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Herman de Vries (continued)

Recently I added two scarce publications from the early Seventies by Herman de Vries.

One published in Italy the other in Germany, but both on the same subject of Chance-fields/ Variations. Fascinating artist books which are now available at

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Burton Brothers (1866-1914)

One of the most significant photographers in nineteenth-century New Zealand is Alfred Burton. He is particularly renowned for his collection of photos depicting the Māori people in the Whanganui and King Country regions. These photos, titled “Through the King Country with a camera: a photographers diary,” were published in 1885 as a supplement to his catalogue, “The Māori at Home,” in the Otago Daily Times.

Alfred Henry Burton (1834–1914) and Walter John Burton (1836–1880) were born in Leicester, England. Their father, John Burton, was a well-known photographer in the area. His company, John Burton and Sons, had the privilege of working with Queen Victoria and other members of the Royal Family.

In 1866, Walter Burton moved to Dunedin and successfully established his own photography studio. However, with the time-consuming nature of photography in the 1860s, Walter had more work than he could handle. As a result, in 1868, he convinced his older brother, Alfred, to join him, and they became partners in the Grand Photographic Saloon and Gallery on Princes Street, Dunedin.

While Walter focused on portrait photography, Alfred embarked on extensive travels, frequently venturing to Fiordland, the Southern Lakes, and South Westland. His collection of photographs, titled “Views of Fiordland,” played a crucial role in advocating for the area to be designated as a national park.

Nevertheless, the challenges of scenic photography in the 1860s were significant. Poor roads and river crossings on horseback posed risks to the cumbersome photographic equipment. In response, the Burton Brothers commissioned the construction of a photographic van in 1869. This mobile darkroom featured a collapsible roof for travel, eliminating the need to set up a dark tent and saving valuable time for developing photos.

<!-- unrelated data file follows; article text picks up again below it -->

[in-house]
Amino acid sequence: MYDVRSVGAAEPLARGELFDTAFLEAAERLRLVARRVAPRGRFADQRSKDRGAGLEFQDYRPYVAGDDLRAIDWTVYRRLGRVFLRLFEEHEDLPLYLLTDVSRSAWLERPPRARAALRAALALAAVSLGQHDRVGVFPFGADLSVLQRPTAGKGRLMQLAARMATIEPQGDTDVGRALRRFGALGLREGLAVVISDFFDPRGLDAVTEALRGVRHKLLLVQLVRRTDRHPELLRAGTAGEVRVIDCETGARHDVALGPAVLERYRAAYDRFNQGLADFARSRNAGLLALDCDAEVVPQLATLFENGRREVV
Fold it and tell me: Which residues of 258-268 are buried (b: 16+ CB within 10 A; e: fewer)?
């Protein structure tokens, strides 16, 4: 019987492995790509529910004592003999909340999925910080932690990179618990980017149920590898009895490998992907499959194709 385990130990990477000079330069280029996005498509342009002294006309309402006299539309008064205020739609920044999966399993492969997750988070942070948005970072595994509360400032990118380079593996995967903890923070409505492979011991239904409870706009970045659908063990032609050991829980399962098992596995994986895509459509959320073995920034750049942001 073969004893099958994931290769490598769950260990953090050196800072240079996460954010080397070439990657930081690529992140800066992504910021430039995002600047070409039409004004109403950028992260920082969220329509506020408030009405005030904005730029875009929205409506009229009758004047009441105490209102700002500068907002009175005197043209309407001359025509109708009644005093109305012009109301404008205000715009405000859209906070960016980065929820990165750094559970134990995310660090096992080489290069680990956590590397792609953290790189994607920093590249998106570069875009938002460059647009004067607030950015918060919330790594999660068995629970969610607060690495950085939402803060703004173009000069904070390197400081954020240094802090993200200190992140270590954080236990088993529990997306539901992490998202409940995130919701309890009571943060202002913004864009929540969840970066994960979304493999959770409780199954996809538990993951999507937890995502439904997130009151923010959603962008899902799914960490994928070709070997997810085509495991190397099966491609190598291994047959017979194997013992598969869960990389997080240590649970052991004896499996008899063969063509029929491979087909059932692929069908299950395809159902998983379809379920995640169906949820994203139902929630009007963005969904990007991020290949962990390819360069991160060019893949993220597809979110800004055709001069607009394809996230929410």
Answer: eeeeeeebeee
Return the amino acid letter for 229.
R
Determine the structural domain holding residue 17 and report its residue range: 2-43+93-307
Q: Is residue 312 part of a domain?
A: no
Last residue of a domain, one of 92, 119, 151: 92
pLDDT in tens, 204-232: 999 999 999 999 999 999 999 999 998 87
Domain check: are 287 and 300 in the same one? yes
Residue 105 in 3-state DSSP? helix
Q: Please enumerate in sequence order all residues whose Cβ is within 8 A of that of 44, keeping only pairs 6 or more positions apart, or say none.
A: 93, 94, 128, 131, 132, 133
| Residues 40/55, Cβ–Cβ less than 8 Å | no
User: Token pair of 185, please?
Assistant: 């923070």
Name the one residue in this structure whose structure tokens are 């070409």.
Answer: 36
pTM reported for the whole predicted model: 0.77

In 1873, the Burton Brothers unveiled their first panoramas of Dunedin, including a breathtaking shot taken from Bedford House atop Bell Hill. This elevated perspective created an effect reminiscent of an aerial photograph.

Around the same time, the Burtons devised an innovative photo montage to promote their business, resembling a photographic CV. This masterpiece consisted of 780 portraits and earned recognition as one of the most ambitious commercial collages of its time. Among the notable personalities showcased were James Cook, Queen Victoria, and Julius Vogel.

Unfortunately, the partnership between Alfred and Walter ended on a bitter note in 1877. has the Volkenkunde book from 1987 now available.

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Rene Portocarrero (1912-1985)

Born in El Cerro, Havana in 1912. He began painting at an early age and entered the San Alejandro Academy of Fine Arts at the age of 14. He was too temperamental to adapt to this training, so he left the institution and began working independently. His work was exhibited for the first time at the Havana Art Salon. In 1939 Porto Calero became a professor at the Institute of Free Painting and Sculpture under the guidance of Eduardo Abella. The artist traveled to Haiti, Europe and the United States, and in 1945 had an exhibition at the Julien Levy Gallery in New York. He also created numerous murals and ceramics.
Porto Carrero’s work is in the permanent collections of the Museum of Contemporary Art in Su00e3o Paulo, Rio de Janeiro, New York and San Francisco. At the National Gallery of Canada. At the Bellas Artes in Caracas. Milwaukee Art Center, Pan American Union in Washington. Contemporary art in Paris. Houston Museum of Art. Museum of Art, Indianapolis. Bellas Artes, Montevideo. Bellas Artes, Buenos Aires. Contemporary Art Institute, Lima, Peru. It is also at the National Museum in Havana.

He painted vigorously from childhood, but never planned his own works. In his spontaneity, he had no idea what he was going to do until his brush hit the canvas. The artist died in Havana on April 7, 1985. has now the Henschel Verlag book available.

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Bruno Capacci (1906-1996)